Centre finalises ‘Model Prisons Act, 2023’, new law to allow reform, rehabilitation

May 13, 2023 12:29 AM IST

The new law, MHA said, will replace the existing colonial era prisons act, which had become ‘outdated’.

The government has finalised a comprehensive ‘Model Prisons Act, 2023’, which allows security assessment and segregation of prisons, separate wards for women and transgenders and punishment for conniving jail staff among other provisions, union home ministry said on Friday.

Prisons are a state subject in the Constitution. (Representative file image)
Prisons are a state subject in the Constitution. (Representative file image)

The new law, MHA said, will replace the existing colonial era prisons act, which had become ‘outdated’ as it focused on keeping the criminals in custody, enforcement of discipline in prisons rather than “reform and rehabilitation of prisoners”.

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Prisons are a state subject in the Constitution.

“Over the past few years, the MHA noted that there are several lacunae in the existing Prisons act, which regulates the prison administration in all states and union territories, apart from a few states who have enacted a new Prisons act. Besides the conspicuous omission of the correctional focus in the existing act, a need was felt to revise and upgrade the act in tune with modern day needs and requirements of prison management,” the ministry said in a statement.

Also Read: Fixing jail security needs sober steps

“....a decision was taken to review and revise colonial-era outdated prison act, in tune with contemporary modern day needs and correctional ideology,” it said, while adding that Prime Minister Narendra Modi and union home minister Amit Shah guided the move.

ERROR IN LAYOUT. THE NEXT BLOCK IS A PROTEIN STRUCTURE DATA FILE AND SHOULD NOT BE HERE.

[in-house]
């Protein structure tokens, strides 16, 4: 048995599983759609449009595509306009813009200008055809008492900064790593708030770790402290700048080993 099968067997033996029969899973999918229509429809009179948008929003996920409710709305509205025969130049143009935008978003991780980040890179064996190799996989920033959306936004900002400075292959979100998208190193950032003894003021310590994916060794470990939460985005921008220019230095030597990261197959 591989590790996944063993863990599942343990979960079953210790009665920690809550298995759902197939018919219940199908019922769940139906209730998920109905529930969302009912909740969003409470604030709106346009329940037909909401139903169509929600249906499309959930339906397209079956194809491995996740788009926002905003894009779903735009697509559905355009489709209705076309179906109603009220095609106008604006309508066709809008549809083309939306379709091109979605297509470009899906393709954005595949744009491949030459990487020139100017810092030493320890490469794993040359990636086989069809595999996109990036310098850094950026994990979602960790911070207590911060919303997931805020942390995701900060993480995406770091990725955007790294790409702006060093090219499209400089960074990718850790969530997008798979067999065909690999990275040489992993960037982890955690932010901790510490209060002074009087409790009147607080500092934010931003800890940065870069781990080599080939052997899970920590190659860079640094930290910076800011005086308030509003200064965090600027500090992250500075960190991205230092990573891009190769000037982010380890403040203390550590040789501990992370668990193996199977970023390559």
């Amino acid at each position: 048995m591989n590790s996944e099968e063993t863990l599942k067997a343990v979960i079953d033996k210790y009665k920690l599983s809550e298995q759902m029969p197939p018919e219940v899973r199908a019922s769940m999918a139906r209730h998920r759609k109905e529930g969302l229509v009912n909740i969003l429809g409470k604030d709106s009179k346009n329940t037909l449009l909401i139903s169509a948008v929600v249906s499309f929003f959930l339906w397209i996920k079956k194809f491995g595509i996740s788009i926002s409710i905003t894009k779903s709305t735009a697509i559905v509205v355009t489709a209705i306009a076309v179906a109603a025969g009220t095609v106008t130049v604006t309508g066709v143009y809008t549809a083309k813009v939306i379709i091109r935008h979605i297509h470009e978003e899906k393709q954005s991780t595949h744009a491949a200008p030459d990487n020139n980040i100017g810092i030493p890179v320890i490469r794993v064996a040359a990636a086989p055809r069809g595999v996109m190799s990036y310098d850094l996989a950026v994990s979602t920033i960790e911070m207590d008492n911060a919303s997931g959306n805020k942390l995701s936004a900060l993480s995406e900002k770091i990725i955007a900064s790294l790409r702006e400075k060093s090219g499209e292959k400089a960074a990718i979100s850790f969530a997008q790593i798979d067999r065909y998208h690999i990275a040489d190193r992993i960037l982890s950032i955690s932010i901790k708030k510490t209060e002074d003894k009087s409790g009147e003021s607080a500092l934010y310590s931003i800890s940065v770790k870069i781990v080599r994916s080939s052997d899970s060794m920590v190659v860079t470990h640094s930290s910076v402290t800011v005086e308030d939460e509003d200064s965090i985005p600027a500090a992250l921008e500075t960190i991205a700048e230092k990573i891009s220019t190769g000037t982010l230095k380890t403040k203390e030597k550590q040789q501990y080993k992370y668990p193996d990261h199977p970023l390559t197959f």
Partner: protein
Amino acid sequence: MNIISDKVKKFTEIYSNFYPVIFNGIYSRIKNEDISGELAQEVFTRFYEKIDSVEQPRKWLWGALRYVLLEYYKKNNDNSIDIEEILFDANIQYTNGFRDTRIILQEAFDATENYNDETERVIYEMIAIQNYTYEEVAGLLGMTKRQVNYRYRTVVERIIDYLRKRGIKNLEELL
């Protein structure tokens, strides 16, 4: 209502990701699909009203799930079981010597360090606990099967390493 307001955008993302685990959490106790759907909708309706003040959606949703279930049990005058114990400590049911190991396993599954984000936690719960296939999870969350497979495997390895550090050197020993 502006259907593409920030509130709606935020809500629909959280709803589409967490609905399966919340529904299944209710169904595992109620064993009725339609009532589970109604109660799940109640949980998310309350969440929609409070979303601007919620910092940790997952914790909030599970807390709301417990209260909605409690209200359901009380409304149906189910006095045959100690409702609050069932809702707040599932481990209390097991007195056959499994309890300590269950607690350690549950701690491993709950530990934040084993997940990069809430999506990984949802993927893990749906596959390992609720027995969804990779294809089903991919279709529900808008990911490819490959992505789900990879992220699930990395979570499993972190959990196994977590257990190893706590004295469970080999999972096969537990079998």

The development comes at a time when incidents of gang violence have been reported inside India’s largest prison – Tihar and central agencies like National Investigation Agency (NIA) are probing cases of gangsters running their operations from inside the prison.

A gangster - Tillu Tajpuria was stabbed in full view of security personnel inside Tihar on May 2 by four rival gang members.

Some of the features of the new act, revised by the Bureau of Police Research and Development (BPRD) in consultation with states’ prison authorities, correctional experts, include “security assessment and segregation of prisoners; individual sentence planning, grievance redressal, prison development board, attitudinal change towards prisoners, separate accommodation for women prisoners, transgender, and punishment for punishment for prisoners and jail staff for use of prohibited items like mobile phones, inside prison premises”, MHA said in a statement.

It also has a provision of establishing and managing high security jail, open and semi-open jails in states, protecting the society from criminal activities of hardened criminals and habitual offenders and legal aid to prisoners, provision of parole, furlough and premature release, to incentivize good conduct.

Besides, there is provision for use of technology by prison administration with a view to bring transparency, video conferencing facility with courts, scientific and technological interventions in prisons, and focus on vocational training and skill development of prisoners and their reintegration into the society, the ministry added.

The existing prisons act is almost 130 years old. It was enacted by the British in 1894 and “mainly focuses on keeping the criminals in custody and enforcement of discipline and order in prisons. There is no provision for reform and rehabilitation of prisoners in the existing act”.

“In the last few decades, a new perspective has evolved altogether about prisons and prison inmates, globally. Prisons today are not seen as places of retributive deterrence but are considered as reformative and correctional institutions where the prisoners are transformed and rehabilitated back into society as law abiding citizens,” MHA said.

The new comprehensive act, the ministry said, may serve as a guiding document for the states, and for adoption in their jurisdiction.

Along with ‘The Prisons Act, 1894’, ‘The Prisoners Act, 1900’ and ‘The Transfer of Prisoners Act, 1950’ have also been reviewed by the MHA and relevant provisions of these acts have been assimilated in the ‘Model Prisons Act, 2023’, it added.

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